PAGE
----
Getting ready for Easter Sunday
Saturday is also the last day of Lent, a period in which the faithful fast and abstain in order to gain spiritual strength. Several days ahead of Easter, though, believers have to get everything ready – buy and dye eggs and cook traditional meals in order to eat them on Sunday morning.
Tatyana Smirnova is a painter. While her paintings are nothing unusual, her canvas is. She took up decorating Easter eggs two years ago. Instead of real eggs, however, she uses specially made wooden blanks – which will definitely outlast the festive dinner.
“For me, an egg means a good breakfast, but decorating Easter eggs is part of our religion,” Tatyana says. “And I always try to create something original, not just copy the existing designs.”
Easter is the most joyful celebration in the Russian Orthodox calendar, and a decorated egg makes a perfect gift.
“As a symbol of life, an egg goes back to pagan traditions,” explains Anna Yakovleva from Moscow’s House of the Icons museum. “But it’s also part of Christianity, symbolizing Christ’s resurrection. So when decorating them, the artists use the themes of spring, joy, beauty and rebirth.”
The egg-giving tradition became especially popular in Russia in the late 19th century. Easter eggs were made to fit any taste and pocket. And the Tsars did it in the biggest way with Faberge eggs. The best collection of them is kept in the Moscow Kremlin museums.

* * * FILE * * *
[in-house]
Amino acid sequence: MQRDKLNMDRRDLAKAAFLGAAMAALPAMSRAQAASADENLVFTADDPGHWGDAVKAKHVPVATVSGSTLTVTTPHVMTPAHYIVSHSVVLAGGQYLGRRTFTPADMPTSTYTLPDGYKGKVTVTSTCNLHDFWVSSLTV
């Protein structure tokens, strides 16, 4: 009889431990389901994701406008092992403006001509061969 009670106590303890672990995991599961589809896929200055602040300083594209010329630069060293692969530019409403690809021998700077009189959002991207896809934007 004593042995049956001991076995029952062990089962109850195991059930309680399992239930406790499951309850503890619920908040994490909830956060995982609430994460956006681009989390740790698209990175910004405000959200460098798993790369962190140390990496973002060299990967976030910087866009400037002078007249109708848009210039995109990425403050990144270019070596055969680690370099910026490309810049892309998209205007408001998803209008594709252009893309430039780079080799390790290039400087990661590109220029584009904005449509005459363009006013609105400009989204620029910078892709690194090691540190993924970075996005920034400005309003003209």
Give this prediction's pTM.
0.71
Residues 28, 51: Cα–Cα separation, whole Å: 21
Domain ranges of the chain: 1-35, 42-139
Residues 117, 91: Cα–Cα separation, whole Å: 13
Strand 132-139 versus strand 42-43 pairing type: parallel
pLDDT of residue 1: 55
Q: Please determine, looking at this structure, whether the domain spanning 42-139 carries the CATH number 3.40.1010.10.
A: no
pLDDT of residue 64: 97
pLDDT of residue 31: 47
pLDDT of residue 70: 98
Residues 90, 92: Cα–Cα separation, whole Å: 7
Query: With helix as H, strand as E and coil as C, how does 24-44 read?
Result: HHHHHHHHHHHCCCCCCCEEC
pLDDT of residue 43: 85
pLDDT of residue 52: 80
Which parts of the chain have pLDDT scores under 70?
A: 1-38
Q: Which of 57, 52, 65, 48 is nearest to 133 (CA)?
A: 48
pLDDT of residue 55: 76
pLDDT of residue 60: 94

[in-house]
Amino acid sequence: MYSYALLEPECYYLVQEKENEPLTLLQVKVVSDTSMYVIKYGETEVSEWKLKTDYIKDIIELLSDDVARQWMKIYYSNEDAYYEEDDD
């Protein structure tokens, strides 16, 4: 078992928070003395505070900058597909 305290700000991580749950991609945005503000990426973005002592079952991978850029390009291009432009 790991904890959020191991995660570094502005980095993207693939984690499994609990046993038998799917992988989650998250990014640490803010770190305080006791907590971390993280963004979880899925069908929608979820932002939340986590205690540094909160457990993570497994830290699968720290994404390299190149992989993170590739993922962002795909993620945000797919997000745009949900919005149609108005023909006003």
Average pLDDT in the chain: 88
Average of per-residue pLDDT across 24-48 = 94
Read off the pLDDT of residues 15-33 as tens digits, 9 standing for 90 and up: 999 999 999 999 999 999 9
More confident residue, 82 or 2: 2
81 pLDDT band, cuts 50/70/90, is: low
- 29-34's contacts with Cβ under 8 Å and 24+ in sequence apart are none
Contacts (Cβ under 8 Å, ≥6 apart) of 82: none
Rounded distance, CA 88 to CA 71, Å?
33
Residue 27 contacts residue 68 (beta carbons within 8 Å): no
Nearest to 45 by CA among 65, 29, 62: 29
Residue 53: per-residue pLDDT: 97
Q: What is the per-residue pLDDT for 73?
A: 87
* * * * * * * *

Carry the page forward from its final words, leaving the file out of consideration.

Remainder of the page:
Over the course of thirty years, fifty Imperial Easter Eggs were made. All eggs are unique. Some have complicated mechanisms inside. In one egg, for instance, there is a model of the Trans-Siberian Express train. Another masterpiece of the collection is a clock in the form of an egg, decorated with lilies and roses symbolizing the love of Tsar Nicholas II to his wife.
Faberge took the Easter tradition to a whole new level, but nowadays there are more alternative ways to impress with an egg. An African ostrich in the Russian snow is hardly something you would expect to see, but a farm in the Moscow region called “Russian Ostrich” has been breeding the birds for the past ten years. As such the farm has come up with a special festive offer – an Easter egg that weighs about two kilos.
“We just use the shell for decorating, so it won’t go bad,” says Vera Rodina. “These Easter eggs are a big hit. Some are custom-made for our clients, others are bought by tourists.”
Yet most Russians go for the do-it-yourself way – dying real eggs with onion peel. To get a dark-red color you need to boil the onion peel for about half and hour, then let the water cool down. Then you just have to boil eggs for ten more minutes – and it is done.